This article originally appeared in USA Today on page A4 on March 7, 2011.
Federal shutdown dodged, but lobbying battles rage on
By Fredreka Schouten, USA TODAY
WASHINGTON — Congress and the White House have temporarily averted a government shutdown, but big lobbying battles loom over dozens of major cuts House Republicans approved last month.
Planned Parenthood, public radio stations and scores of other interests are scrambling to make their cases heard on Capitol Hill, hiring new lobbyists, mailing petitions, buying TV ads and, in one case, deploying PBS’ Arthur the Aardvark cartoon character to Congress to rescue the Corporation for Public Broadcasting from budget cutters.
A focus of the lobbying free-for-all: a House-passed bill to fund the government through Sept. 30 that would cut $61 billion in federal spending.
“What was supposed to be a spending bill became a vehicle for every sort of pet effort to limit environmental protection,” said David Goldston, director of government affairs for the Natural Resources Defense Council, who has identified 19 provisions he calls “anti-environment.”
Among environmentalists’ concerns: House decisions to halt the regulation of mercury emissions from cement kilns and to eliminate taxpayer money the Environmental Protection Agency would use to regulate greenhouse-gas emissions from power plants and factories. In all, the agency’s budget would be cut by a third.
“The EPA has overstepped their authority by imposing the regulation, and it’s hurting American businesses,” said Shaylyn Hynes, a spokeswoman for Rep. Ted Poe, R-Texas, who pushed to end the EPA’s oversight of greenhouse gases.
Other high-profile budget fights center on provisions to:
•Eliminate taxpayer money for public broadcasting. The Corporation for Public Broadcasting, which helps fund public radio and television stations, has “outlived its usefulness,” said Rep. Doug Lamborn, R-Colo., who authored legislation to cut the funding. The corporation is set to receive $430 million this year.
“In this day and age, we have 150 cable channels and the Internet over our cellphones,” Lamborn said. “We no longer need a government source of media. This seems to be a natural place to start the discussion about getting our fiscal house in order.”
Patrick Butler, head of the Association of Public Television Stations, called the measure a “mortal threat” and said it would do little to reduce this year’s $1.6 trillion federal deficit.
“It’s true that there are lots of outlets, but the only people who are taking educational programming very seriously is public broadcasting,” he said.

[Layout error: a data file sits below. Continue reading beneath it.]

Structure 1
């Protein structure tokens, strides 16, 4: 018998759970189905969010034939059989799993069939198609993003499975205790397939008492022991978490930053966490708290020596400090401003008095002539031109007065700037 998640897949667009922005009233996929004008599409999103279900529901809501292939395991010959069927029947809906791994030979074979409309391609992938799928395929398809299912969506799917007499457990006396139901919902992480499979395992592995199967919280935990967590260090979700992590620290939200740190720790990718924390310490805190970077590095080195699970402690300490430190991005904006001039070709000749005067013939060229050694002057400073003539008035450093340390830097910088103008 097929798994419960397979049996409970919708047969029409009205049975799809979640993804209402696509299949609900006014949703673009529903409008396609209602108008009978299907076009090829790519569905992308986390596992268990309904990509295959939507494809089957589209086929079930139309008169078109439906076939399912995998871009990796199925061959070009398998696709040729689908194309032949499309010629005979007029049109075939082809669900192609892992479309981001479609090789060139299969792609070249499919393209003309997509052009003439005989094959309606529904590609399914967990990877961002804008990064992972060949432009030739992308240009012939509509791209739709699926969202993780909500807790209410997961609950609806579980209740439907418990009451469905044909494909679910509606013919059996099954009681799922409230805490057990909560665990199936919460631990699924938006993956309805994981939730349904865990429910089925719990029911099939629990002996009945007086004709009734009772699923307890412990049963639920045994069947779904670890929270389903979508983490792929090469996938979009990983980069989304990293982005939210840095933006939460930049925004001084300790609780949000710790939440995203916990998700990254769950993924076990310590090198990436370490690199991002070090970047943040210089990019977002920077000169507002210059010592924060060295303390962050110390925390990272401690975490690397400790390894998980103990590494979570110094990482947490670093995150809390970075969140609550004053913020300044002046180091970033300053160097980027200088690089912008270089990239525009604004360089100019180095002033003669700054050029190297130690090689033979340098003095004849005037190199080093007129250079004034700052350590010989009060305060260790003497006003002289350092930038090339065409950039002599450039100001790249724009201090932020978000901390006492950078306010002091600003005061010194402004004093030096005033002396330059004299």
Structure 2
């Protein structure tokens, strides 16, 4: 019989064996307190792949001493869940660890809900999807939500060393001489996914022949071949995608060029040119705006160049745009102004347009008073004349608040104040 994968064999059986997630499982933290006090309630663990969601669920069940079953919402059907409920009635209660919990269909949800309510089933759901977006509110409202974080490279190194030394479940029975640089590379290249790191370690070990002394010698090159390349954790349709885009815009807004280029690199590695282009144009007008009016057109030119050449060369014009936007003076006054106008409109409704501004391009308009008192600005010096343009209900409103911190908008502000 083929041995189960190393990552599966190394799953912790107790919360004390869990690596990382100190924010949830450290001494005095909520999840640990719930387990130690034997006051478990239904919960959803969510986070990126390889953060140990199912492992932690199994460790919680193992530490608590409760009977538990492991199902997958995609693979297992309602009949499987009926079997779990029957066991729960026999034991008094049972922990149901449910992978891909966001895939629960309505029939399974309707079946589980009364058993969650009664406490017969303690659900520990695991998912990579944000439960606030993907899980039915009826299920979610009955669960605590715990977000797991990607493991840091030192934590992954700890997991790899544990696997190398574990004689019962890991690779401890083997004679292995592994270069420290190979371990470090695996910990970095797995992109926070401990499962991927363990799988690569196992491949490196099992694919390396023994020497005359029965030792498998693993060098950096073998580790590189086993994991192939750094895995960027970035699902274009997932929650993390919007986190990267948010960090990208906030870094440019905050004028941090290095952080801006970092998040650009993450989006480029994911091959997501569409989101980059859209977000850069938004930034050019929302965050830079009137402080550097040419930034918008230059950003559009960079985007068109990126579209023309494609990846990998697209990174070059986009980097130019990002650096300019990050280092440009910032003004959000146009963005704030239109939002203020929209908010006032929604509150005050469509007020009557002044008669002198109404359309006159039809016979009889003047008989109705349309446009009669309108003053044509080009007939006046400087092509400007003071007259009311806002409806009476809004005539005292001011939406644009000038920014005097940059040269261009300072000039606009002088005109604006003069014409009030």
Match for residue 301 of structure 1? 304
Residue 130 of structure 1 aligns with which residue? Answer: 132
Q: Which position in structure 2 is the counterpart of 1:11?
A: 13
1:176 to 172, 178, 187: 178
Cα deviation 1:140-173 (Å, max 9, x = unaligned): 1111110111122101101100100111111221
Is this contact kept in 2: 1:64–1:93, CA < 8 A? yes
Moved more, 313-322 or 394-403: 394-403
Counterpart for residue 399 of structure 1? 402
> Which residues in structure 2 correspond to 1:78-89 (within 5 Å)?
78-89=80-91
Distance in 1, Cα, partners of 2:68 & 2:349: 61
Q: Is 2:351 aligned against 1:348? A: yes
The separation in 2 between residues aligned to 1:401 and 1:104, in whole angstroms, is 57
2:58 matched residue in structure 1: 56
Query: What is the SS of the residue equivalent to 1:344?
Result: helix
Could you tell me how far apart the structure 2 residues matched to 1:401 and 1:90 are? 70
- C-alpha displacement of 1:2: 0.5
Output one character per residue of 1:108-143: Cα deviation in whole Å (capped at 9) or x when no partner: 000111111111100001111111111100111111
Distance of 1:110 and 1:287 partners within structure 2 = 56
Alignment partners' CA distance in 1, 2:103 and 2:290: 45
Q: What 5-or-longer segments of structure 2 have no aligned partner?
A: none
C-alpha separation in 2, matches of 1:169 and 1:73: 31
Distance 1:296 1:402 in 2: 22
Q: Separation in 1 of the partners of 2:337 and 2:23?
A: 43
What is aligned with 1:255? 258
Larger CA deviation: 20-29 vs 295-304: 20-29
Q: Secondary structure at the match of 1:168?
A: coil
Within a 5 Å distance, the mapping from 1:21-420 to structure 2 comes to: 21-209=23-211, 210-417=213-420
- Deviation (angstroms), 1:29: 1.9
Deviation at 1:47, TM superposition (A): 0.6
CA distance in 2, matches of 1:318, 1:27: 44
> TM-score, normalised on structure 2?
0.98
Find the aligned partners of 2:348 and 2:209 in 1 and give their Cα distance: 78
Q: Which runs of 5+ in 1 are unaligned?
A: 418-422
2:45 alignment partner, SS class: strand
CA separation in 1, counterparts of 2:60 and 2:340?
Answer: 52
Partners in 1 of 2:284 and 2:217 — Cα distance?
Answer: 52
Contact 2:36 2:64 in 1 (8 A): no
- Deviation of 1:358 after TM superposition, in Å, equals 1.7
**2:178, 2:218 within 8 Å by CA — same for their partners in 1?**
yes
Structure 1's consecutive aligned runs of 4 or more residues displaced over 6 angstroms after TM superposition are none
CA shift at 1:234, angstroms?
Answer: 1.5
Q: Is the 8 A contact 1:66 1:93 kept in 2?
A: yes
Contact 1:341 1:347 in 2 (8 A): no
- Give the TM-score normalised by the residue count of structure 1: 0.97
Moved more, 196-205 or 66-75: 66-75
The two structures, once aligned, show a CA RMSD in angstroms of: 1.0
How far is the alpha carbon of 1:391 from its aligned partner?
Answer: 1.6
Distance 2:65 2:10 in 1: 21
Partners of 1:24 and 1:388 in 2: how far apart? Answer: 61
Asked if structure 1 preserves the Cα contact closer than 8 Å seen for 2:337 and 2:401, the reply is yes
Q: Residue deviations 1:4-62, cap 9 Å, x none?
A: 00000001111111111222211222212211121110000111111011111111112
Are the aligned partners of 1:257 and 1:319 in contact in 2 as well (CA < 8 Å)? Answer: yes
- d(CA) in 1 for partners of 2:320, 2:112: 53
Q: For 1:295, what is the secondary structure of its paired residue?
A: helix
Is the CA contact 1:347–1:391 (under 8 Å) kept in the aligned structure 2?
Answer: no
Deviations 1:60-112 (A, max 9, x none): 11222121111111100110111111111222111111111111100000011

Butler is overseeing the public broadcasters’ lobbying effort. They have hired two lobbying firms and started 170millionamericans.org, a website named after the number of Americans that the broadcasters say rely on their stations at least once a month. About 300,000 people also have sent notes that support funding in recent weeks, Butler said.
Last month, after House GOP leaders announced plans to eliminate funding for public broadcasting, the Arthur the Aardvark character joined the fight, standing beside several Democratic lawmakers at a Capitol Hill news conference.
•Cut the entire $317 million family planning program, known as Title X, and prohibit sending taxpayer money to Planned Parenthood, which provides medical care, contraception and abortions at more than 800 clinics.
Planned Parenthood receives $330 million annually from Medicaid and the family planning program, spokesman Tait Sye said.
Planned Parenthood officials say no federal funds are used for abortions, but opponents say the federal support frees up money to perform the procedure.
Rep. Mike Pence, R-Ind., a strong opponent of abortion, pushed the measure. “He doesn’t believe the nation’s largest abortion provider should be the largest recipient of federal funding under Title X,” Pence spokesman Matt Lloyd said.
Planned Parenthood President Cecile Richards said the action endangers family planning and preventive care for more than 5 million women. “Women see this as playing politics with their health,” she said. Her group has spent $200,000 on television ads in Washington to oppose the cuts and collected 600,000 signatures.
A coalition of groups that oppose abortion, including the Susan B. Anthony List and Family Research Council, said it has sent nearly 1.2 million petitions and e-mails to Congress, calling for the elimination of taxpayer funding for Planned Parenthood.
The lobbying frenzy over the budget won’t end soon.
President Obama, who threatened to veto the House-passed bill, and congressional leaders are working to negotiate a new spending bill to keep the government running past midnight March 18. Even if they can reach a deal to fund agencies through the Sept. 30 end of the current fiscal year, another confrontation lies ahead — this one over the fiscal year 2012 budget, which Obama sent to Congress last month.